Rare Book Monthly

Book Catalogue Reviews - August - 2010 Issue

Miscellaneous Pamphlets from Garrett Scott, Bookseller

Scott28

Garrett Scott eschews complexity in catalogue covers.


By Michael Stillman

Garrett Scott, Bookseller, has issued his 28th catalogue: Miscellaneous Pamphlets. As usual, you can expect to find the unusual. Scott manages to find the rare, obscure, and often strange writings from deep in America's, or sometimes England's, past. Not many of these works made the bestsellers' list, even in their day. Still, they give us a window on the thought processes of our ancestors, often frighteningly similar to our own. Here is a look.

For anyone needing reassurances that today's dirty politics is nothing new, we give you the 1846 senate race in Vermont as a case in point. Actually, this was just infighting in the Whig Party, the incumbent senator and incumbent governor battling it out, in pamphlets. Governor William Slade had said some things Senator Samuel Phelps disliked, so he responded in To the people of Vermont. Mr. Phelps' Rejoinder to Mr. Slade's "Reply." Phelps describes the Governor as "Naturally selfish, ambitious, cold-hearted, hypocritical, and revengeful..." While those sound like good qualities for a politician, evidently voters in 1846 didn't like selfish, ambitious, cold-hearted politicians the way they do today, so Phelps won the race. Item 27. Priced at $100.

Rev. Henry Warren provided his flock with some serious warnings about alcohol consumption in 1878 with his Scientific Certainties (Not Opinions) About Alcohol. A Sermon... At one point Warren admits, "What I know about alcohol by experience would make a very short chapter. It would be only one word. And that word would be nothing." Fortunately, Rev. Warren does not let his knowing nothing about the subject stop him from talking about it, so we have been blessed with this sermon. The pamphlet includes a color plate depicting the stomach lining in varying states of deterioration from alcohol abuse, one of those gruesome illustrations that would drive anyone to drink. Item 268. $50.

This author's work would probably be more expensive if he had been treated more fairly by the government. Item 31 is The New York City "Ring:" its Origin, Maturity and Fall, Discussed in a reply to the New York Times. The writer was Samuel J. Tilden, and at this time (1873) he was a Democratic Assemblyman. The "Ring" was the notorious Tweed Ring, the corrupt Democratic leadership in New York City. Despite being of the same party, Tilden led an investigation of the power brokers that helped bring about their downfall. His role in disclosing their corruption resulted in Tilden being elected Governor in 1874, where he continued to attack corruption. In 1876, the Democrats, having been soundly defeated in every election since 1856, selected Tilden for their presidential nominee, seeing him as a candidate who could finally reclaim support across the nation. They were right, but votes were challenged in four states, and the upshot was a Republican majority election commission gave every contested electoral vote to his Republican opponent, Rutherford B. Hayes. Hayes emerged the victor by one electoral vote. Tilden was long remembered for graciously accepting the result, despite the fact that he carried both the popular and electoral votes. $75.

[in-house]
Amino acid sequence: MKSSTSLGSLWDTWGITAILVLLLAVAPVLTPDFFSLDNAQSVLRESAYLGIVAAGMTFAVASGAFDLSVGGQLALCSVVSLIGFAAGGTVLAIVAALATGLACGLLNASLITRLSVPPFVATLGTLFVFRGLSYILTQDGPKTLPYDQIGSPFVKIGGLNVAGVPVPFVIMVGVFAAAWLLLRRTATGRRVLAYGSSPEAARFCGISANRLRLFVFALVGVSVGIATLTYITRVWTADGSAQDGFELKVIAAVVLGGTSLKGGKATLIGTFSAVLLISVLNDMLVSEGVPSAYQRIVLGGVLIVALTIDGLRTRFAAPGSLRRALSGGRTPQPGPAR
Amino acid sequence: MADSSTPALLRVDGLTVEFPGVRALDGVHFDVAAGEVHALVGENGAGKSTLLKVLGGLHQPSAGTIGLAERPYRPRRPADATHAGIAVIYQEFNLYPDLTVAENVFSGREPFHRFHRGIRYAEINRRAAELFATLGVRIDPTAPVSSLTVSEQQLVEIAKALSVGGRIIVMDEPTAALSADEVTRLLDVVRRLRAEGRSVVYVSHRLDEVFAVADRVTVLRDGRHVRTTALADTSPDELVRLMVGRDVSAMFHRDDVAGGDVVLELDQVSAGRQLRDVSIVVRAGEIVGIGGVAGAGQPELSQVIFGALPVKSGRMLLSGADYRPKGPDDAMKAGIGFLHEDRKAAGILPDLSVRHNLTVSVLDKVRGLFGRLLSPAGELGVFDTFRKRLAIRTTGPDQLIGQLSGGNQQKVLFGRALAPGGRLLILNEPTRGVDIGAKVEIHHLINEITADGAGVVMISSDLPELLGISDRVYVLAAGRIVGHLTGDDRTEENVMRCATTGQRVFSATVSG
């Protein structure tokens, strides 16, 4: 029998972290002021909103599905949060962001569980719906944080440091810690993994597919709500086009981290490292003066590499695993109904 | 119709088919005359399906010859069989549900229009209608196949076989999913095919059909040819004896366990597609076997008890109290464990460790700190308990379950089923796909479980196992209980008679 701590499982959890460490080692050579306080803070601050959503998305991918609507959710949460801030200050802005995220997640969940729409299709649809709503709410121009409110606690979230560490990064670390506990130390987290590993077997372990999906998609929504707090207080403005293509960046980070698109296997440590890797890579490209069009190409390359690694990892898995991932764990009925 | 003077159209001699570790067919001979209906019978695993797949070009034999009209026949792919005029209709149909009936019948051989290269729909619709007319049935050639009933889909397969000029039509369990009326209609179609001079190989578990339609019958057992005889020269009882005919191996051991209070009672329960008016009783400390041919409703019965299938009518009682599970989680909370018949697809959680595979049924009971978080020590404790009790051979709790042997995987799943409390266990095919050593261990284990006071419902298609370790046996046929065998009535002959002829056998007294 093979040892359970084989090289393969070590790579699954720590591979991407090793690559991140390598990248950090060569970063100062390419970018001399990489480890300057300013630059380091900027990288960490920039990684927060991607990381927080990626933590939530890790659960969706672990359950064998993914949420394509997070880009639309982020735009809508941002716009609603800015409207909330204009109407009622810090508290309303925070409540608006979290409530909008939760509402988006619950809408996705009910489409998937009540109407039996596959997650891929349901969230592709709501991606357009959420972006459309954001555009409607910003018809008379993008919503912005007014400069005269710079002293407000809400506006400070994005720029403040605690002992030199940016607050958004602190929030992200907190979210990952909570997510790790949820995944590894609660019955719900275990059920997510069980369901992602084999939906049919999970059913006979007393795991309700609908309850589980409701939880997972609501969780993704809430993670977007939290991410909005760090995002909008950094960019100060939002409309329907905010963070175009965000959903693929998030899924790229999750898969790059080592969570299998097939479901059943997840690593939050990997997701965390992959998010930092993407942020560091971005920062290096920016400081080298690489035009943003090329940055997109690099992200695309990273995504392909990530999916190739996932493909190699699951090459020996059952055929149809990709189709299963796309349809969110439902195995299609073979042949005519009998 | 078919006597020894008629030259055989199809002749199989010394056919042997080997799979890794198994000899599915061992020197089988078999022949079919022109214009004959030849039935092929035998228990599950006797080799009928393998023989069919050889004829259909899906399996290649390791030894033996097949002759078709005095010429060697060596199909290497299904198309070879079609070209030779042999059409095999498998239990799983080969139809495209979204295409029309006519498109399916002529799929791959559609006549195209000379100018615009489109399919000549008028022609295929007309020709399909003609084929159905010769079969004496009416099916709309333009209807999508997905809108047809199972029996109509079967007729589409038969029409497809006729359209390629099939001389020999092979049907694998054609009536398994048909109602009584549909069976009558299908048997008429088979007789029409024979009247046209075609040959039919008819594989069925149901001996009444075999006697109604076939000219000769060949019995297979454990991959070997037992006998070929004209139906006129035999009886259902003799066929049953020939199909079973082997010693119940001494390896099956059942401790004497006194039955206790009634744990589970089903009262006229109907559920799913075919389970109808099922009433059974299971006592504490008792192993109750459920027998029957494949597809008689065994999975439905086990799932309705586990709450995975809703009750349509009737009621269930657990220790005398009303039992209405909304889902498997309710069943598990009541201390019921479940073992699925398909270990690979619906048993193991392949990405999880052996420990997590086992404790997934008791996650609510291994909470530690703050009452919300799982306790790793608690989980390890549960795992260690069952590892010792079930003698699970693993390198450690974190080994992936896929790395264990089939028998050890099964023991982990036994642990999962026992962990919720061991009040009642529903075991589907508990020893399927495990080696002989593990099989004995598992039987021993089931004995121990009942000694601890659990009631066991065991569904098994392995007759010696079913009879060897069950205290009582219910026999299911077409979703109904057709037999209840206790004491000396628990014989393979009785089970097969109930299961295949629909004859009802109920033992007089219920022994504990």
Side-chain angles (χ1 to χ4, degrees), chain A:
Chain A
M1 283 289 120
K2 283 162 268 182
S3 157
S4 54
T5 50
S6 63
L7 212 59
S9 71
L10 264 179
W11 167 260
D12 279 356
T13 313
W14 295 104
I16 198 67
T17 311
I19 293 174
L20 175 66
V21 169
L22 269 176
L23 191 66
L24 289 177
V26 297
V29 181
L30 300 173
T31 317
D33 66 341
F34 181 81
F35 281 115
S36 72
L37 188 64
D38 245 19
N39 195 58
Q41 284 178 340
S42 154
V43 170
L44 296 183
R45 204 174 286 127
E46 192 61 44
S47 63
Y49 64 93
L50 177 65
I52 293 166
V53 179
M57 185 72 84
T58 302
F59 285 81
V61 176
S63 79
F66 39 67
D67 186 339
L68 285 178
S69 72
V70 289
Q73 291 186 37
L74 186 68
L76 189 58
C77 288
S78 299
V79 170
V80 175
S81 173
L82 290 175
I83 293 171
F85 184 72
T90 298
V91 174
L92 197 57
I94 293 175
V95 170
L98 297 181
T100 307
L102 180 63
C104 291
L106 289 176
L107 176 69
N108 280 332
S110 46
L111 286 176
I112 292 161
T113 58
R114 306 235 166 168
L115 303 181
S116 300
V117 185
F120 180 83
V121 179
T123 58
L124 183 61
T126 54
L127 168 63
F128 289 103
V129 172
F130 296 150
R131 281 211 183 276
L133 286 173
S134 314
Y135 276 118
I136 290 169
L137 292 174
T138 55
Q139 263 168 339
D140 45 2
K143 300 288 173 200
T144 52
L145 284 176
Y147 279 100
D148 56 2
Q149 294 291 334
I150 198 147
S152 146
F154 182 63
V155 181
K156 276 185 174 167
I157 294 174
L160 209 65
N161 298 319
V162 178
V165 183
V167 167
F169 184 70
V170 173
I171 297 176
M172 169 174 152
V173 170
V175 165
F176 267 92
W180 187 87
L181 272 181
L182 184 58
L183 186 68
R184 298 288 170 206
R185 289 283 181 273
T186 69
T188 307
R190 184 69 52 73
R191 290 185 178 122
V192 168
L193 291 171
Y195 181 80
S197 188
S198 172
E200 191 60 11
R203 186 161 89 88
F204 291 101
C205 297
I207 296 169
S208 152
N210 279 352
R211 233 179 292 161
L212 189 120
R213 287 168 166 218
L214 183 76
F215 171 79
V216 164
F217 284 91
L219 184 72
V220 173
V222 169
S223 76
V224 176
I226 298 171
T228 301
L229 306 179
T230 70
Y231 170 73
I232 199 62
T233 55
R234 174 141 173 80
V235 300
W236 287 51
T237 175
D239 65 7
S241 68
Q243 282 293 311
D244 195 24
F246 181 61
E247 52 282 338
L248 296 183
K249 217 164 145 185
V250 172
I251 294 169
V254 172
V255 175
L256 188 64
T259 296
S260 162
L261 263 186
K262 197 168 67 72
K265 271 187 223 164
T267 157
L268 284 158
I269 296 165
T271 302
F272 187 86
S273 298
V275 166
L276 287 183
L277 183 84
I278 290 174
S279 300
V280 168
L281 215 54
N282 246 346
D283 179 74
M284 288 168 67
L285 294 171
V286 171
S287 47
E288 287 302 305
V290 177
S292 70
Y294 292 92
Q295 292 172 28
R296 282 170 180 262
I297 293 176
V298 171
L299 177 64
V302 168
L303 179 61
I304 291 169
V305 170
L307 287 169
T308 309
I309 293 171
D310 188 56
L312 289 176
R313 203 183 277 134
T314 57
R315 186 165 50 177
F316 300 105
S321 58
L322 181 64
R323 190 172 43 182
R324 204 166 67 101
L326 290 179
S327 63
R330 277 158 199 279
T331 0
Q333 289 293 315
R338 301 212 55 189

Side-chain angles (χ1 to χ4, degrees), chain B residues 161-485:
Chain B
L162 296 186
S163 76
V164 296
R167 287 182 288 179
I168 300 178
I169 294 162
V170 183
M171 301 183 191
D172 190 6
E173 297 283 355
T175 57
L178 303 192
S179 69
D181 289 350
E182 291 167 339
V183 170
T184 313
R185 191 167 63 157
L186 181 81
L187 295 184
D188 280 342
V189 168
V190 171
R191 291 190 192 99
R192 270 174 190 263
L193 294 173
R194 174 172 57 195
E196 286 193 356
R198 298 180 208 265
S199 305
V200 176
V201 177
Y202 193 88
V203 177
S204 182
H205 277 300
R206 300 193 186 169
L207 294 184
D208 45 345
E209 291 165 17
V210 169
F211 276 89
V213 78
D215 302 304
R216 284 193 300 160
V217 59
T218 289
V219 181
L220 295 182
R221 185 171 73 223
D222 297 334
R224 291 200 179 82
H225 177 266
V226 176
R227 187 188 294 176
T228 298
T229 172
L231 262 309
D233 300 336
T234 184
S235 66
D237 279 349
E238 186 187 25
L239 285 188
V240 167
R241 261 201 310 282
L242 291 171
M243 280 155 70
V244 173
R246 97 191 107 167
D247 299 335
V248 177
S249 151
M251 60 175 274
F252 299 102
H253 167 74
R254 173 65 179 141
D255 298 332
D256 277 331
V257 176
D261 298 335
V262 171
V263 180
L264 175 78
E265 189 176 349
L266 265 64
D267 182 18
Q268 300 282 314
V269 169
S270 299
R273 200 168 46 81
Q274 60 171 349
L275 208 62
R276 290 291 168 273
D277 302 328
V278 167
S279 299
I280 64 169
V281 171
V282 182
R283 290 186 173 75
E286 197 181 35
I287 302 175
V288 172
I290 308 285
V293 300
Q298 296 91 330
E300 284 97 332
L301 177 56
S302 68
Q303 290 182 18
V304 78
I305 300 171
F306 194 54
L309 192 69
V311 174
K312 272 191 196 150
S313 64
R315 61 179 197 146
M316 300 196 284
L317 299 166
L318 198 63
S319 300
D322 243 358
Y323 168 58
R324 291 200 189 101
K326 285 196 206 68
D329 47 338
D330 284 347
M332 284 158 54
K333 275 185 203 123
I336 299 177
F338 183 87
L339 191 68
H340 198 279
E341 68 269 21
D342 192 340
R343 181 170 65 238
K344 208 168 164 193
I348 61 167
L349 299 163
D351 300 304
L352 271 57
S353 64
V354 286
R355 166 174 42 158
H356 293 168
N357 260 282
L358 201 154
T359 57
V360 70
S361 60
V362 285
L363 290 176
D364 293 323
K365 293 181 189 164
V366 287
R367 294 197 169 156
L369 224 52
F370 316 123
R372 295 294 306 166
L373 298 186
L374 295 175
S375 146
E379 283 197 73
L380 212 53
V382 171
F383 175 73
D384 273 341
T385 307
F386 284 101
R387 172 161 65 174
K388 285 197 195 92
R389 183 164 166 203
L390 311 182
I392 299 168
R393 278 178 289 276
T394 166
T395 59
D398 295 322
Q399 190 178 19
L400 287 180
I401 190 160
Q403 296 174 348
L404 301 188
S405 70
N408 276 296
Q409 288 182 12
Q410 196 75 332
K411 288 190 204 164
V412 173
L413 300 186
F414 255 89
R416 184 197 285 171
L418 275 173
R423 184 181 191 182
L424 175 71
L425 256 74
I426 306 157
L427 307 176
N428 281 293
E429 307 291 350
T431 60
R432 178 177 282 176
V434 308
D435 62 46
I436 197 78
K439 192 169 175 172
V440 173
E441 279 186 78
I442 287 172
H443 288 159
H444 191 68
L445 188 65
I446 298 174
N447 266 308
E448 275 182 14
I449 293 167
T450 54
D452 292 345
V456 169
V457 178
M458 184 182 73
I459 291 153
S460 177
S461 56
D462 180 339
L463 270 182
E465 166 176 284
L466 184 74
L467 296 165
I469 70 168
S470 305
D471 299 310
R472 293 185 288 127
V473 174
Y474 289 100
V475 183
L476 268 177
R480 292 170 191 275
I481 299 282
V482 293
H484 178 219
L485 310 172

Next we turn to literature. Item 125 is Isabella, or The Pride of Palermo. A Romance. The author is anonymous, so we will never know who wrote lines like, "Leila is saved; but Leila is a maniac. Reader, have you a heart to pity? Oh! Pity the beautiful maniac; she cannot pity herself." The anonymous author probably wasn't Shakespeare. Published in 1850. $225.

Here is a work from 1868, but it addresses a problem that is even greater today: For the People. The Public Debt: What to do with it. An Examination of the Financial Problems of the Day, and a Distinct Showing of their True Solution. Author Henry Reed proposes a clever solution to the public debt, perhaps the only one left considering its size today. "Thus all the different lines of argument lead to the same conclusion: that the public debt - that public debts - should not be paid..." So simple it is masterful. Just don't pay them, though during the current time of financial difficulties, it might be wise to borrow a few trillion more before deciding not to repay any of it. Reed's argument is that the people did not incur these debts, and those who did had no legal authority to do so. Therefore, they don't have to be repaid. It should be noted that Reed was a pro-slavery Northerner, even to the point of favoring the reinstitution of the slave trade, so perhaps that affected his thoughts on the legitimacy of Civil War debt. Item 209. $125.

Item 79 is an argument for a college education by Robert Davidson, President of Transylvania College in 1840. In his A Vindication of Colleges and College Endowments, Davidson tells the story of a young man, fortunate enough to find himself seated next to a "gay young dashing belle" ("gay" had a different meaning then), struggling to find something to say, finally manages to stammer out, "Pray, Miss, have you ever read Homer?" There you have it, young men. If you can just get your parents to pony up the $200k it takes to get a college education these days, you, too, can learn clever pick up lines like this one. $125.

Garrett Scott, Bookseller may be reached at 734-741-8605 or garrett@bibliophagist.com. His website is www.GSBbooks.com.

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